Why you shouldn’t breath air into someone’s mouth during CPR

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While many of us have taken a first aid course in the past and think we would be able to conduct CPR to save someone’s life if we had to, the truth is that we rarely get to practice this skill. When the moment comes to save someone’s life we may not have practiced CPR for ten or twenty years. All of this means that when you are by the beach or in a crowded restaurant and someone needs CPR many will hesitate before acting. Everyone should take first aid classes regularly to make sure they are equipped with the knowledge to save a life if they have to.

Another reason to take regular CPR classes is that the recommended approach to CPR changes often. If you have not taken a CPR lesson in twenty years you may still be confident in your knowledge but it may be out of date. Try to think now of how you would give someone CPR. If you have never had a first aid lesson base it on the movies and tv shows you have watched. You would apply some pressure to the chest and then blow in the mouth, right? If you have ever seen The Office you are likely thinking of doing it to the tune of ABBA’s appropriately named ‘Staying Alive’. 

That was the right approach a long time ago. If you were trained more than 15 years ago you may have been thought 15 compressions to the chest followed by air to the mouth and repeat. If it was in the last 15 years you may have learned 30 compressions to the chest followed by air to the mouth. However, both are now out of date. In 2010 an international committee examined approaches to CPR and found that the more time spent compressing and the less time spent blowing air, the greater the chance of saving a life.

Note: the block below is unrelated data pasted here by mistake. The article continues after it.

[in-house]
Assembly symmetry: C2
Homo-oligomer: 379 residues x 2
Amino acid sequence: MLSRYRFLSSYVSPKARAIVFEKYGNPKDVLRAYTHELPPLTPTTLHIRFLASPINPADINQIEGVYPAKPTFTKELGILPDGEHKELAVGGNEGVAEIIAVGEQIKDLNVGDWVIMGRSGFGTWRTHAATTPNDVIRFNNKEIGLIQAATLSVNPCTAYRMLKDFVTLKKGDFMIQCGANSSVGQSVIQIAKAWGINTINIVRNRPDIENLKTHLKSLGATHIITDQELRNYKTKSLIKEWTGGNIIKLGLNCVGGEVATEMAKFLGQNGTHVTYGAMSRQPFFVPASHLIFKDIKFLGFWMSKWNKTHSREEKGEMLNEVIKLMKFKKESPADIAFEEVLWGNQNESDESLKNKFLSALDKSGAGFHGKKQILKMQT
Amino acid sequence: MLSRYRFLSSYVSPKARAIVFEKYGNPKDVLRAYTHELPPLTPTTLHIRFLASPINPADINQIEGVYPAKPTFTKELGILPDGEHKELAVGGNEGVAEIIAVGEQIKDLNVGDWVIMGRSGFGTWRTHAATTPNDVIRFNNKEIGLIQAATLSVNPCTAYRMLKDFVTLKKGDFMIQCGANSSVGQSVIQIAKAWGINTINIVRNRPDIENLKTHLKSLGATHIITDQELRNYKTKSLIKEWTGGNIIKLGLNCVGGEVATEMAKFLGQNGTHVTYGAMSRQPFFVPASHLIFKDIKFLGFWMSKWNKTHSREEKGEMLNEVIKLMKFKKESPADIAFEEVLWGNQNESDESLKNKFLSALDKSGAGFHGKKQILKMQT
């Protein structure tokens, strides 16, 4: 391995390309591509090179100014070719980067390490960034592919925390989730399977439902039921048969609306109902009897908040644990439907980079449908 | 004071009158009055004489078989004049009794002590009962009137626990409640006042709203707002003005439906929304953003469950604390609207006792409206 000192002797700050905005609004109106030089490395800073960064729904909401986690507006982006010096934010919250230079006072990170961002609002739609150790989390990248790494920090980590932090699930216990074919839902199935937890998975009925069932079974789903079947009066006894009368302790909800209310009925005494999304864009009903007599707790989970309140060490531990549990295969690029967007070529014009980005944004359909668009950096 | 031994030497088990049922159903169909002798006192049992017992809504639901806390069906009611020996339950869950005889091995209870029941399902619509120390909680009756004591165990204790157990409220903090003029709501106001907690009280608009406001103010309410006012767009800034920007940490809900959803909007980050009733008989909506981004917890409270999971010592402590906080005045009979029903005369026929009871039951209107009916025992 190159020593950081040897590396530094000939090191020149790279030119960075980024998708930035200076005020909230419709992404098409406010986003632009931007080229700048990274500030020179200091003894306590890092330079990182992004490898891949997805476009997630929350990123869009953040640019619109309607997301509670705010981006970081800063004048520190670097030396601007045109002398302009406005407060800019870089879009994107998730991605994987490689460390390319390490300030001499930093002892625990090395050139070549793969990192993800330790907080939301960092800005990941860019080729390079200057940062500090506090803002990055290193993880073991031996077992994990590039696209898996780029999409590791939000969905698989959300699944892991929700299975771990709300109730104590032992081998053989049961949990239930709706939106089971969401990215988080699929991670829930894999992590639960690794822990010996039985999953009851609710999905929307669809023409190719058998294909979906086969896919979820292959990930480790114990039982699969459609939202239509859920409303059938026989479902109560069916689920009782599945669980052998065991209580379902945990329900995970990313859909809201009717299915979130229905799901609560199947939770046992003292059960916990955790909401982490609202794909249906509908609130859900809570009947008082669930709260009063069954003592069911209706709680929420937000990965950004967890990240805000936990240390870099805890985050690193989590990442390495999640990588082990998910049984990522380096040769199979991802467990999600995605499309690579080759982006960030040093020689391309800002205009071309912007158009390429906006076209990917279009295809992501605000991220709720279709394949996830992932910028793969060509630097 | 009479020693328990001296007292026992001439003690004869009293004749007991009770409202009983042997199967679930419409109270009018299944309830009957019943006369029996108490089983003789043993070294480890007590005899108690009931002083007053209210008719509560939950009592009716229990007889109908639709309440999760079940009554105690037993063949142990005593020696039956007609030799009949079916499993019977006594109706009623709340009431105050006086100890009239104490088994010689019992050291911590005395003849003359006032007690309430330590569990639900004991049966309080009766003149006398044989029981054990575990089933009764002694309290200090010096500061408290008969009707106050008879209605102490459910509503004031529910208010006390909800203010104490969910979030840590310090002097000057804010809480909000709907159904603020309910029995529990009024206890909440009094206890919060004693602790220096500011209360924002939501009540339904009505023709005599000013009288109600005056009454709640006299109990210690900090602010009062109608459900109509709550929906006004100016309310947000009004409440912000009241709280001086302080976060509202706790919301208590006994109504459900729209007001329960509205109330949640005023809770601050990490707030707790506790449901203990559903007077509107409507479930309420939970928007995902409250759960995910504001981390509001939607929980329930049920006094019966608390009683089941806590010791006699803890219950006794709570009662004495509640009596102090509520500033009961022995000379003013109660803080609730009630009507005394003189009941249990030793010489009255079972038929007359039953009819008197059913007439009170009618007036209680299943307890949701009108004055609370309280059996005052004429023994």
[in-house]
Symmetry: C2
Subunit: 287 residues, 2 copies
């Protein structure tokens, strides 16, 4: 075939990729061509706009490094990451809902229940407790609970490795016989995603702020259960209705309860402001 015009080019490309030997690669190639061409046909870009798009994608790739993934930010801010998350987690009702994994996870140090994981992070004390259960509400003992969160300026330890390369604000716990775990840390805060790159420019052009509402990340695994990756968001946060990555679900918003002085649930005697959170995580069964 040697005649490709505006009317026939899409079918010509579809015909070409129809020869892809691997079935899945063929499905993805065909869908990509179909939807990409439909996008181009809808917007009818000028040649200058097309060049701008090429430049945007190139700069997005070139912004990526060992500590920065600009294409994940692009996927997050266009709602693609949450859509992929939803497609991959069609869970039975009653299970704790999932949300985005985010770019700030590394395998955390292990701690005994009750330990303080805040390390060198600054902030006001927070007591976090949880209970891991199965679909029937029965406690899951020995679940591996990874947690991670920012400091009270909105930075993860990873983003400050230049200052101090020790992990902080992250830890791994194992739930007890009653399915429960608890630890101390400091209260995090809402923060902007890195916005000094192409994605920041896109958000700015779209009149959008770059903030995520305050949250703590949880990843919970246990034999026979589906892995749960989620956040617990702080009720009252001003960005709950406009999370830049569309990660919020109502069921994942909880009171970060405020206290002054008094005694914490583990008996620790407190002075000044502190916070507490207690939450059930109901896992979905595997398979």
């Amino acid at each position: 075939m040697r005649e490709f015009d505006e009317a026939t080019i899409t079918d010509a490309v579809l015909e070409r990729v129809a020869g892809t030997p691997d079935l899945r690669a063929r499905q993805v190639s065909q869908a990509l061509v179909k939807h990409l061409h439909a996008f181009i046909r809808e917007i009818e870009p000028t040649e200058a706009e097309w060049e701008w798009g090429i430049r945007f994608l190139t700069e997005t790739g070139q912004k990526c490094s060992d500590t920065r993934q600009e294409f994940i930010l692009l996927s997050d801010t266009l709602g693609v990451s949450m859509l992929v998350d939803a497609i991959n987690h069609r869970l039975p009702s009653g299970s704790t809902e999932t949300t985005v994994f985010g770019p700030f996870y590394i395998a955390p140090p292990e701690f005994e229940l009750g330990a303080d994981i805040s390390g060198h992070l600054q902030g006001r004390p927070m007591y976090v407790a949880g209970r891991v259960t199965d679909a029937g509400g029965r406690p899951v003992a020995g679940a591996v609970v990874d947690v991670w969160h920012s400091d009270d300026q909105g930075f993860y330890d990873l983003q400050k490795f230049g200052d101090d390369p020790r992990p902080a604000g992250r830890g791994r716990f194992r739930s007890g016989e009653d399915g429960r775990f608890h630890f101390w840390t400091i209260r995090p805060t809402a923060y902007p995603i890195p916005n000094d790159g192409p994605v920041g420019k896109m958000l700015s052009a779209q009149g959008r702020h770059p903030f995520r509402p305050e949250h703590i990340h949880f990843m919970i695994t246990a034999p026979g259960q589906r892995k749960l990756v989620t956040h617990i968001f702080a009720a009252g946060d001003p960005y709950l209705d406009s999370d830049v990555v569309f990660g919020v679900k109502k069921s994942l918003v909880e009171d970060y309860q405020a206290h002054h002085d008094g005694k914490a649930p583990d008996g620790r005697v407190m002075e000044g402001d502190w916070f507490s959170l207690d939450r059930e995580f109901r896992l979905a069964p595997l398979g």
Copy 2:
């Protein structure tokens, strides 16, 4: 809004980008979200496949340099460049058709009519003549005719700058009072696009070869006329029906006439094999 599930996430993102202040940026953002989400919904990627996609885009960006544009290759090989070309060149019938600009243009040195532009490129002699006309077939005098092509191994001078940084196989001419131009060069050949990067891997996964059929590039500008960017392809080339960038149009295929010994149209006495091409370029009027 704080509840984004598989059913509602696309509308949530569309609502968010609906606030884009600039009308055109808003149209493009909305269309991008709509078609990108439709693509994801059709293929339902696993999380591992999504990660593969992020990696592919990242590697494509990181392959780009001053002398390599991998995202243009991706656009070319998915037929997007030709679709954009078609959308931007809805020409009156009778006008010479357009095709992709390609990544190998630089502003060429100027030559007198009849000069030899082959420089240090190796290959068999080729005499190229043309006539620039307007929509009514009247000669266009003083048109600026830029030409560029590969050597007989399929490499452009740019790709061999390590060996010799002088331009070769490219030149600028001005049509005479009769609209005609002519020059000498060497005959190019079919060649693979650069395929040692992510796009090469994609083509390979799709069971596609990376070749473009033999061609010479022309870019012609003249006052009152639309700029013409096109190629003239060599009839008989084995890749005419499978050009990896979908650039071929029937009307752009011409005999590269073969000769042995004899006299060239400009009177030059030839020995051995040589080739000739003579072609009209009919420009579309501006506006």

It turns out that the most important thing during CPR is to keep someone’s heart pumping blood. If their heart stops pumping blood the brain will not be able to survive. It is estimated that it takes around 10 compressions in a row to get blood to the brain. When you stop, the pressure disappears and the blood leaves the brain. Any moment you stop to do a breathing exercise is allowing the blood to escape from the brain and thereby starting to starve it again. It is a much better approach to simply continue compressing until paramedics arrive to ensure there is still blood in the brain.

There are often crazy stories about how long people’s hearts stopped before they were resuscitated. While these are all amazing the reality is that if your heart stops for over 10 minutes there is a good chance your brain will die

You may be wondering if we can really forget about breathing? Breathing is required to live so it is surely important too? Of course, it is. The main role breathing plays is to bring oxygen into the lungs. At the moment of cardiac arrest, there is still enough oxygen in the lungs to maintain brain function for a few minutes. This is why you should focus on compression.

I should point out that I am not a medical professional. I am definitely a big proponent of not believing everything you read on the internet either. So please, don’t just follow this guidance blindly, investigate it. Book another first aid lesson so that if the need arises you have the best chance of saving someone’s life. During your class ask questions about the need to compress versus older methods.